Nine bars of chocolate that are 103 years old have been discovered in a tin belonging to a war hero.
Troops serving in France during the first Christmas of the First World War were given the Colonies Gift Tins which were made in Mansfield, Nottinghamshire.
One of the tins was found in a collection belonging to Leicestershire Regiment soldier Richard Bullimore.
Only one of the 10 bars was eaten and the tin is now to be sold at an antiques auction organised by Scunthorpe-based auctioneers Eddisons CJM.
The company’s Paul Cooper said: “The tin was made by Barringer Wallis & Manners of Mansfield, one of the world’s leading manufacturers of decorative tinwear.
“The colonies chocolate was sent to troops in that first winter of the war. Trinidad, Grenada and St Lucia provided the cocoa. Cadburys made the chocolate bars.
“Even the container is rare but to find the chocolate still inside is just unreal.”
He said the chocolate looked in good shape, “although I have to admit that I wouldn’t be tempted to give it a go, even if the experts say that chocolate seldom becomes really dangerous over time but it does lose its flavour and texture.”
Richard Bullimore was also given a Princess may tobacco box containing cigarettes, tobacco and matches.
Mr Cooper said: “Almost all the contents of that are still there. Just three cigarettes are missing.”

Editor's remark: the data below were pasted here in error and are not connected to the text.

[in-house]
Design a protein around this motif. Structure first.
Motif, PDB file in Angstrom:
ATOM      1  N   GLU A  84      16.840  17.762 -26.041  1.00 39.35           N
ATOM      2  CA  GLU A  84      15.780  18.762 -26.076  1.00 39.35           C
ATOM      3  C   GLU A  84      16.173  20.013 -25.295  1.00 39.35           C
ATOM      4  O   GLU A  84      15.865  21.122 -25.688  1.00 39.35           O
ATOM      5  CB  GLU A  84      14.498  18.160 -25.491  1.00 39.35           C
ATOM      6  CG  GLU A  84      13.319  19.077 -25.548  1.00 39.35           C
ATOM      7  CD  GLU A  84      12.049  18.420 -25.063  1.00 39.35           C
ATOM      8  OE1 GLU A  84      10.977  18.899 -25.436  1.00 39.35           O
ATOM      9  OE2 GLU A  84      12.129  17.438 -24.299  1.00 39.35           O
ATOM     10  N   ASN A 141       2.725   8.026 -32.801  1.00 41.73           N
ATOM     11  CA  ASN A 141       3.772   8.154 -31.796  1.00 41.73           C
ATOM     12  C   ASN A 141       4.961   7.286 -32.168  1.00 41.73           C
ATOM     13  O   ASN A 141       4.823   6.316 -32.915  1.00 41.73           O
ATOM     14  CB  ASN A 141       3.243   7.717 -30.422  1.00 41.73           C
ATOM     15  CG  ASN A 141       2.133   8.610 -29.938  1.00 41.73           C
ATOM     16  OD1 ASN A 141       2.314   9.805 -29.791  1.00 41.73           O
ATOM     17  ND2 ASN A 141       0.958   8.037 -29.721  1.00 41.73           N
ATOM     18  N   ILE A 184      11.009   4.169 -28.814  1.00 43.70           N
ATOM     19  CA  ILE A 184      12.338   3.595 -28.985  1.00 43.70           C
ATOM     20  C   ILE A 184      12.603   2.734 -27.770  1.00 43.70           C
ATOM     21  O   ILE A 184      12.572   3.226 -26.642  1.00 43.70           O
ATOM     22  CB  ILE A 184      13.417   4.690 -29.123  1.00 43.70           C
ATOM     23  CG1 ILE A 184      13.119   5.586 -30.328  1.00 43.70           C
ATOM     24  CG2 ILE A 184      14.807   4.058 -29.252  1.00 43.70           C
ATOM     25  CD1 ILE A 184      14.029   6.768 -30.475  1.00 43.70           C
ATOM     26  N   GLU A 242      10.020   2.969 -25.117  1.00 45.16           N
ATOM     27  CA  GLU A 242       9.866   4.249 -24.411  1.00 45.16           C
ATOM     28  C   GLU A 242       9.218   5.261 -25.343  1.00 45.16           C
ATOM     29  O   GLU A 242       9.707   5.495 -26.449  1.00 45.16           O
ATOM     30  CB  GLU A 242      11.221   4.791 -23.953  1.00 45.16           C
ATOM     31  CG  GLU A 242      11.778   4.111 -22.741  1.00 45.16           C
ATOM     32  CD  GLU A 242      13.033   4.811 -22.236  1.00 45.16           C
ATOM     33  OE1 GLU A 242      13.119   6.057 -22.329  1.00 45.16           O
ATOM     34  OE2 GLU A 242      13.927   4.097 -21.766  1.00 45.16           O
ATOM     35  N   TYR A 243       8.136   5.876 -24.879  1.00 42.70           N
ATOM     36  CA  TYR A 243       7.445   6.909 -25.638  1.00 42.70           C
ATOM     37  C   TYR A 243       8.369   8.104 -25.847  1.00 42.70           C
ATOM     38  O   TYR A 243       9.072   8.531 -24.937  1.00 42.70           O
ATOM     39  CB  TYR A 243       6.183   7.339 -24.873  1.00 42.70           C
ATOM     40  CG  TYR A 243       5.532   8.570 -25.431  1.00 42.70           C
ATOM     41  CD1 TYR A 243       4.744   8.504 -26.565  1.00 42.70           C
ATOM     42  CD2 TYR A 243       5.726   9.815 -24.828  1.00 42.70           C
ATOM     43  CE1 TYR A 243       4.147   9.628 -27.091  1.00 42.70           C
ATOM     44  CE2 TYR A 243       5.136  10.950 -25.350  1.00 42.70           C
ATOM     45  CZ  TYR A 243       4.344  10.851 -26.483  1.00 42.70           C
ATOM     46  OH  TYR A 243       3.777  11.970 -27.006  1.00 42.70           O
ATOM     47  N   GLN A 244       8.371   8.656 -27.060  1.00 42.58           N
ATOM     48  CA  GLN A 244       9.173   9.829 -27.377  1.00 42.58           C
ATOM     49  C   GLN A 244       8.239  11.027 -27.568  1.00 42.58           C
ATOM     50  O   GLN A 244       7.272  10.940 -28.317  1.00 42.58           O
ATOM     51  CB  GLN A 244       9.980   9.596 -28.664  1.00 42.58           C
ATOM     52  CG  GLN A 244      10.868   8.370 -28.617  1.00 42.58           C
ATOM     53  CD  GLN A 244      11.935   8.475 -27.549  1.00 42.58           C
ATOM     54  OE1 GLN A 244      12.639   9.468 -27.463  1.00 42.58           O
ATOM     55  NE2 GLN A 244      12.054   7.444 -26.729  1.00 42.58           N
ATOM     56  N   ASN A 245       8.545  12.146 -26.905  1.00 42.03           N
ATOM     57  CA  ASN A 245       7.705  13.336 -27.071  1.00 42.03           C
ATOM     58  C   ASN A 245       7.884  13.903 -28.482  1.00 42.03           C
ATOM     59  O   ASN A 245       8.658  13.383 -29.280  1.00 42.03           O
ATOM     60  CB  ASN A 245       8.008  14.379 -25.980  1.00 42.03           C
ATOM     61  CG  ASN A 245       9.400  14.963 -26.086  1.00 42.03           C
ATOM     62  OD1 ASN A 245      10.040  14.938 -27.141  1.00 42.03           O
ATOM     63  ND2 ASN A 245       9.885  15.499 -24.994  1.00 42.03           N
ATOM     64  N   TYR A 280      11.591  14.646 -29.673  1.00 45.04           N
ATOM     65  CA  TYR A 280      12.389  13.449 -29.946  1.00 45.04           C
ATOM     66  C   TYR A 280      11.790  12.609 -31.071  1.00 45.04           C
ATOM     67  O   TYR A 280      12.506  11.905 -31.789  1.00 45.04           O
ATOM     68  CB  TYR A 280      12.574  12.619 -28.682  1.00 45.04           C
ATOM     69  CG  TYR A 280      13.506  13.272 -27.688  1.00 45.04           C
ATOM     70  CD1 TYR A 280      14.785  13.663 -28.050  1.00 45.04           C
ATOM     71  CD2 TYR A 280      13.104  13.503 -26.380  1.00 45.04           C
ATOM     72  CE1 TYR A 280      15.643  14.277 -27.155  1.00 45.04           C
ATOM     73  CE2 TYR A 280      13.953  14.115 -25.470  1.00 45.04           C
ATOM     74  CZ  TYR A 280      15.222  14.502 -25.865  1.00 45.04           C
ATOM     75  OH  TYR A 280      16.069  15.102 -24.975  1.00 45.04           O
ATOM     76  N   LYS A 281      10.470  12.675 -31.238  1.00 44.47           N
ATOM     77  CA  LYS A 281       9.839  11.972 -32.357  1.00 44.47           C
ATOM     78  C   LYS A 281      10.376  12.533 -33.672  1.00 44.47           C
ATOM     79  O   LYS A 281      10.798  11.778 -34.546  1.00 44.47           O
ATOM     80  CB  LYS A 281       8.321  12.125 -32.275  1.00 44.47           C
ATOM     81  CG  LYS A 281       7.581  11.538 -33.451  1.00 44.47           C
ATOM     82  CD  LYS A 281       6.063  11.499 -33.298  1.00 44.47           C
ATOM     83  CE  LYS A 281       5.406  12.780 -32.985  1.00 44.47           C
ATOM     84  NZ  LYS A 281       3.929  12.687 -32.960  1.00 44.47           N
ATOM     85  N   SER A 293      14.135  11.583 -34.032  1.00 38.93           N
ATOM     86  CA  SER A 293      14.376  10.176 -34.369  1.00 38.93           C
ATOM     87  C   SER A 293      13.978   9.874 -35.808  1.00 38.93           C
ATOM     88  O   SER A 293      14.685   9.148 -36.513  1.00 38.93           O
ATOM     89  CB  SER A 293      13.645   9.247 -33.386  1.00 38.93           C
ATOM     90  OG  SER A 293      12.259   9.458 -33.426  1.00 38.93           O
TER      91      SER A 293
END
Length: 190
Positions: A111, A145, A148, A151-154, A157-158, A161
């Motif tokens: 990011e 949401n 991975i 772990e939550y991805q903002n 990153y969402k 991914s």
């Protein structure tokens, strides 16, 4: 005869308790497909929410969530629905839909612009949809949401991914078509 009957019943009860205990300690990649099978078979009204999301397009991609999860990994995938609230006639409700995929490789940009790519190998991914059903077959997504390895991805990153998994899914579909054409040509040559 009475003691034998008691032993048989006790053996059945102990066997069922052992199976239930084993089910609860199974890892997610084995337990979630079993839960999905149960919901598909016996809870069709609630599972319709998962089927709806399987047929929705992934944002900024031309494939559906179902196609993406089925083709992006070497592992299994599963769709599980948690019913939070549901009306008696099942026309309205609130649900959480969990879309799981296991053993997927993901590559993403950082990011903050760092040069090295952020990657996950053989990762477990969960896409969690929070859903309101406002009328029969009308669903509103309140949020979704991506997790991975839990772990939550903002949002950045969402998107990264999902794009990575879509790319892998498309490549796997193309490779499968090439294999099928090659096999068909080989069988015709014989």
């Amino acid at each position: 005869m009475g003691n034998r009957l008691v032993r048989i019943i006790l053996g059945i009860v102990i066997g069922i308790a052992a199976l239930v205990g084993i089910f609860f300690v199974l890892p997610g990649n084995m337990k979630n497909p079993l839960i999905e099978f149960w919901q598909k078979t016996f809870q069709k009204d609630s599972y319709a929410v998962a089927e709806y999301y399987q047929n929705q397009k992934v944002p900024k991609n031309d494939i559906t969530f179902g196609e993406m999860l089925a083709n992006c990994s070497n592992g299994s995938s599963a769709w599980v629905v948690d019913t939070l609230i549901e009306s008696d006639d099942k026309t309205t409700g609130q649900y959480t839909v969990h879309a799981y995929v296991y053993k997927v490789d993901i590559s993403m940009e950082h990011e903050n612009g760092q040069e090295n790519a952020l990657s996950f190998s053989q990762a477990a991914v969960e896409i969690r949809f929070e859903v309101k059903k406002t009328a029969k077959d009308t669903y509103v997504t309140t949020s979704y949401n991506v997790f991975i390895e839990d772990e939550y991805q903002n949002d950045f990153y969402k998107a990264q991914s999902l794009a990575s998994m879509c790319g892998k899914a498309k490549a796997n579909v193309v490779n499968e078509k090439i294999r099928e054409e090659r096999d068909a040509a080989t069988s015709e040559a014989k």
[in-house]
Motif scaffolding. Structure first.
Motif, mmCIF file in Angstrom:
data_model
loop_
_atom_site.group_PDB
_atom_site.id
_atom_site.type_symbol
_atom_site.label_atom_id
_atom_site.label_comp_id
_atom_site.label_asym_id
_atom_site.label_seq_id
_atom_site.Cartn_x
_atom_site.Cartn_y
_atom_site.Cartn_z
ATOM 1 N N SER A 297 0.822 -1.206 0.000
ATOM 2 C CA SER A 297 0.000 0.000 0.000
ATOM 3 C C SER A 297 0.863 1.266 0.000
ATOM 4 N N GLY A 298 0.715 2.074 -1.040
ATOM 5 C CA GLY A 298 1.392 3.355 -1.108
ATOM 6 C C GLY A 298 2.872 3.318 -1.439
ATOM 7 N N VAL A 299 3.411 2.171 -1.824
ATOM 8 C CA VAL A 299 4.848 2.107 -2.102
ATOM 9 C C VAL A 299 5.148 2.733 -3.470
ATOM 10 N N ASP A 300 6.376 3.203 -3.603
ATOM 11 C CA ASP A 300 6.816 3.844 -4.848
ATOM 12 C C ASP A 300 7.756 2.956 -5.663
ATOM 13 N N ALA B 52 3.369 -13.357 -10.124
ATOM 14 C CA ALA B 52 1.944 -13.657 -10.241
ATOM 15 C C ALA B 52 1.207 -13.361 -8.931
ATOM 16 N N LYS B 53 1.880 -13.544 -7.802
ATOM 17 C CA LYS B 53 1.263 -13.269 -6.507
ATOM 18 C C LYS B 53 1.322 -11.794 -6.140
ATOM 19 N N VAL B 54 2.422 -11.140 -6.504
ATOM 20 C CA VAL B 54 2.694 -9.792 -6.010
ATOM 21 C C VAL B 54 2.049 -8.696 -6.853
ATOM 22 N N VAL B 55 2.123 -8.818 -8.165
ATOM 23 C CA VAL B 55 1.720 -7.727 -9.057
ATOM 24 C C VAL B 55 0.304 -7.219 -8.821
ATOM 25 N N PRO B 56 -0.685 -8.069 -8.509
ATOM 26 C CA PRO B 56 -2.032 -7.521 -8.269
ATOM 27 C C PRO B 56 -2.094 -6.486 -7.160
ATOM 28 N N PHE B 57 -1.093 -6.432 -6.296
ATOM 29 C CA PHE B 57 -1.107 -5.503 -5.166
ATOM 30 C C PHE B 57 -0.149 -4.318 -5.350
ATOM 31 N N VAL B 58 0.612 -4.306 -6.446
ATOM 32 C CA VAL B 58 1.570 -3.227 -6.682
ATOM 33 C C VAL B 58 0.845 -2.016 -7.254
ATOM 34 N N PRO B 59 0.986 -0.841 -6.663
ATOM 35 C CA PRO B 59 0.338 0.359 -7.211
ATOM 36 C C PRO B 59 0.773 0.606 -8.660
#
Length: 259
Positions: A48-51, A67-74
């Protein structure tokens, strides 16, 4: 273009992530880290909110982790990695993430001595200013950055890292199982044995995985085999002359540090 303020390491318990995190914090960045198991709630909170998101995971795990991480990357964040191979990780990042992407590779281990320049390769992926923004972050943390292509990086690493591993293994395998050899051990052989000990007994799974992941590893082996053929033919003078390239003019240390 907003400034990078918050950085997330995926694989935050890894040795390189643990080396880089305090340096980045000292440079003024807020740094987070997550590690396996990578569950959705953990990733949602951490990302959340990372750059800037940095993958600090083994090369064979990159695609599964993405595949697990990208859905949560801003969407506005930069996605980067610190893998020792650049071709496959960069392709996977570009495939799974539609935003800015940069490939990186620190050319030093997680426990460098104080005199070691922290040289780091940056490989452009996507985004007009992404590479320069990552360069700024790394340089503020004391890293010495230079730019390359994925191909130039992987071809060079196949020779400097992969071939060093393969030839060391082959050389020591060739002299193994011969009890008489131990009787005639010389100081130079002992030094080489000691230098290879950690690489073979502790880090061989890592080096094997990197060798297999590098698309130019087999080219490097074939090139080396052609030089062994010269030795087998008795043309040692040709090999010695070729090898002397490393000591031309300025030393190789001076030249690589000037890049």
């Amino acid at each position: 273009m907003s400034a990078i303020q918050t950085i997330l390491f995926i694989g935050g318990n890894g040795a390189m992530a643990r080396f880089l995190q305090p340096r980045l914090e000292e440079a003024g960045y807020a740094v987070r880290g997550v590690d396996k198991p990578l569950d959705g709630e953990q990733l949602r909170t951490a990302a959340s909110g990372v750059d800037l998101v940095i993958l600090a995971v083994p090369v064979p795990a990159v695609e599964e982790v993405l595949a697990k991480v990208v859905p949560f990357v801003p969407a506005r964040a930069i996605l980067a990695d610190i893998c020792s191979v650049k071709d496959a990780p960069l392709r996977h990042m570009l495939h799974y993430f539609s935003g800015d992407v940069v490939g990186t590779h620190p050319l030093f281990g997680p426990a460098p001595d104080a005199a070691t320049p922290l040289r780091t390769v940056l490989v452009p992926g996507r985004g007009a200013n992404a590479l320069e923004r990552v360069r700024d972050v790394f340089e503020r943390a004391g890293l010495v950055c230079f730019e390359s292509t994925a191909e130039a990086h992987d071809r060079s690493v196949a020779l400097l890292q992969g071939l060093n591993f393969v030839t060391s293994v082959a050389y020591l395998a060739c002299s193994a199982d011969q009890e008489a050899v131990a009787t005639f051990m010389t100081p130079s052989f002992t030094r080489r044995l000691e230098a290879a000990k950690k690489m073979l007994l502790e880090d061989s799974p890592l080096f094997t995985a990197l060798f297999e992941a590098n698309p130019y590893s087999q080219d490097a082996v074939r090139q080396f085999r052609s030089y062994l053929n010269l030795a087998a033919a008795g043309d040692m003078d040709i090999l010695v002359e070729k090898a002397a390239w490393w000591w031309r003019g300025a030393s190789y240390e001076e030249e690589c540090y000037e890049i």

The main reason the chocolate and cigarettes were never consumed was because Cpl Bullimore was a didn’t like chocolate and was a non-smoker.
He received a number of medals for his service, including the Distinguished Conduct Medal for conspicuous gallantry during a clash in no-man’s land between the trenches in Ypres in July 1915.
By then he was a corporal and led a reconnaissance patrol of five men that surprised a larger enemy force.
Even though they were outnumbered by more than three to one, the patrol attacked with grenades, inflicting a number of casualties.
He then covered his patrol as it withdrew and carried one of his men who had been wounded back to the trenches.
Cpl Bullimore left military service and in 1919 he went back to the Leicestershire Constabulary which he had joined just weeks before war broke out and rose to the rank of superintendent.
He died in January 1967 at the Barrow Haven Inn, North Lincolnshire where his son was the licensee.
The entire Bullimore collection, which as well as chocolate and cigarettes, includes medals, citations, letters and other items, will go under the hammer on Tuesday.